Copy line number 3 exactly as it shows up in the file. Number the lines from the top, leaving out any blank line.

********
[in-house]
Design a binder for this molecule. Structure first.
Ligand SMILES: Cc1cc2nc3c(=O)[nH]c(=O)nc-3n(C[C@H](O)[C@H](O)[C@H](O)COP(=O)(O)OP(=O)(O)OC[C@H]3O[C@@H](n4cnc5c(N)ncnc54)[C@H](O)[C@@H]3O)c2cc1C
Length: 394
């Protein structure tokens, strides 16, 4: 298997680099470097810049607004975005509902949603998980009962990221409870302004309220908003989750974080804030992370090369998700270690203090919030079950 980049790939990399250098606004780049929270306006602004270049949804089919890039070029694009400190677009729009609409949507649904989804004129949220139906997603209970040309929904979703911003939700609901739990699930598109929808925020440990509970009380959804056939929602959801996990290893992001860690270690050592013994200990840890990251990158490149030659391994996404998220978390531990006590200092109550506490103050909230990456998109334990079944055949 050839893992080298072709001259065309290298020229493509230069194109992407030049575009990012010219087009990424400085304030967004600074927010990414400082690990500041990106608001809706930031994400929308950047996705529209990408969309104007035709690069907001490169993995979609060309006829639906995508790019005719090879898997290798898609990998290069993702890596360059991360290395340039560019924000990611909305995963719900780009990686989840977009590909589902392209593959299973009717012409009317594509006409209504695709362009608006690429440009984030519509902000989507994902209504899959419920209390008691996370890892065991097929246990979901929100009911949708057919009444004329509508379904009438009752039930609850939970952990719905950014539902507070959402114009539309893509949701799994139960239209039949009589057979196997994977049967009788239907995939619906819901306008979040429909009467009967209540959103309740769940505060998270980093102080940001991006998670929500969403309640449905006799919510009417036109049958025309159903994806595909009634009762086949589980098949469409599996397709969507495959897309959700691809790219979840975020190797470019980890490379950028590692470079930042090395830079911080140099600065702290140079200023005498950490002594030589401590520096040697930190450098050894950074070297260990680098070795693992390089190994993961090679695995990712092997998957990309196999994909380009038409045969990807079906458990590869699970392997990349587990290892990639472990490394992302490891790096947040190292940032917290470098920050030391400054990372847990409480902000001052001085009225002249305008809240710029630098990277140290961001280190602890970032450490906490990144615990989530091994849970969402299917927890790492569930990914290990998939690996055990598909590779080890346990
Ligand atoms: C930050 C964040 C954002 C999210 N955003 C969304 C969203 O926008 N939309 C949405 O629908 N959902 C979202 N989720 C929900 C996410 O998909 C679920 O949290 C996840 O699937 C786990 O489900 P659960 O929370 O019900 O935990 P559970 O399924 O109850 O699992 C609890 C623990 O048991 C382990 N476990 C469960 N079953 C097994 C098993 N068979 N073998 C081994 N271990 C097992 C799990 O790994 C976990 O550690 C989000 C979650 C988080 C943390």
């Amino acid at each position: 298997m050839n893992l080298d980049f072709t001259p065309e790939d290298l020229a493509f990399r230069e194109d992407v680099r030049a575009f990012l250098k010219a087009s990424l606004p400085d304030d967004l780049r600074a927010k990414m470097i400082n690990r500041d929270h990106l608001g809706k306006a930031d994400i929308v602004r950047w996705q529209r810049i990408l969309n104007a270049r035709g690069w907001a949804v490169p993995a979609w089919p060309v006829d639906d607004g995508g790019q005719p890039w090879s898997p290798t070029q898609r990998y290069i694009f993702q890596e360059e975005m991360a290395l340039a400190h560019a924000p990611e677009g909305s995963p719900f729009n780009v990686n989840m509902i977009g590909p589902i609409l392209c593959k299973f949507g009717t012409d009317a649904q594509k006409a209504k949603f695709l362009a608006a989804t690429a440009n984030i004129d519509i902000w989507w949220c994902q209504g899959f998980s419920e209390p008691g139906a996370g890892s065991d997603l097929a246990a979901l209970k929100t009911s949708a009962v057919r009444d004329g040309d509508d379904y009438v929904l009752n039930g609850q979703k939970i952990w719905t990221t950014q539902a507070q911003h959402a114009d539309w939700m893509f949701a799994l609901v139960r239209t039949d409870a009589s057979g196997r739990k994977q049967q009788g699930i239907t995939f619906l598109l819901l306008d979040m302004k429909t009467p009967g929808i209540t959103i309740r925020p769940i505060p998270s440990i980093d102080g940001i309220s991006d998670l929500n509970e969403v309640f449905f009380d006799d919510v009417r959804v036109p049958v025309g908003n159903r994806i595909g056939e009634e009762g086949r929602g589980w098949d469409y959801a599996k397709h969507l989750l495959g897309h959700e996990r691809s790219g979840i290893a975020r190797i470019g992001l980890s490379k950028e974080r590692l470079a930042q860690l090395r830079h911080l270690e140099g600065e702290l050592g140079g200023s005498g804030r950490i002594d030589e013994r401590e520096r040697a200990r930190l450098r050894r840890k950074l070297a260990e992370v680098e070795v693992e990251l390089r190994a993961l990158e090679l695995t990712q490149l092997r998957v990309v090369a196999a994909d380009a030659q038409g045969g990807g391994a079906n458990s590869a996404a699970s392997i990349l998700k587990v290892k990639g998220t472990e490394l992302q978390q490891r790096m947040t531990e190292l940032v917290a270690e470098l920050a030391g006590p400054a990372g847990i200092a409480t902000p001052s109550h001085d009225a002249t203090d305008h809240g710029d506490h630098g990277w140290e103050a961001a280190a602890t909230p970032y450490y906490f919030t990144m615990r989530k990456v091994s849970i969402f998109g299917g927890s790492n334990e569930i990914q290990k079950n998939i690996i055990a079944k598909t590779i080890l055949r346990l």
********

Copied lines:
Ligand SMILES: Cc1cc2nc3c(=O)[nH]c(=O)nc-3n(C[C@H](O)[C@H](O)[C@H](O)COP(=O)(O)OP(=O)(O)OC[C@H]3O[C@@H](n4cnc5c(N)ncnc54)[C@H](O)[C@@H]3O)c2cc1C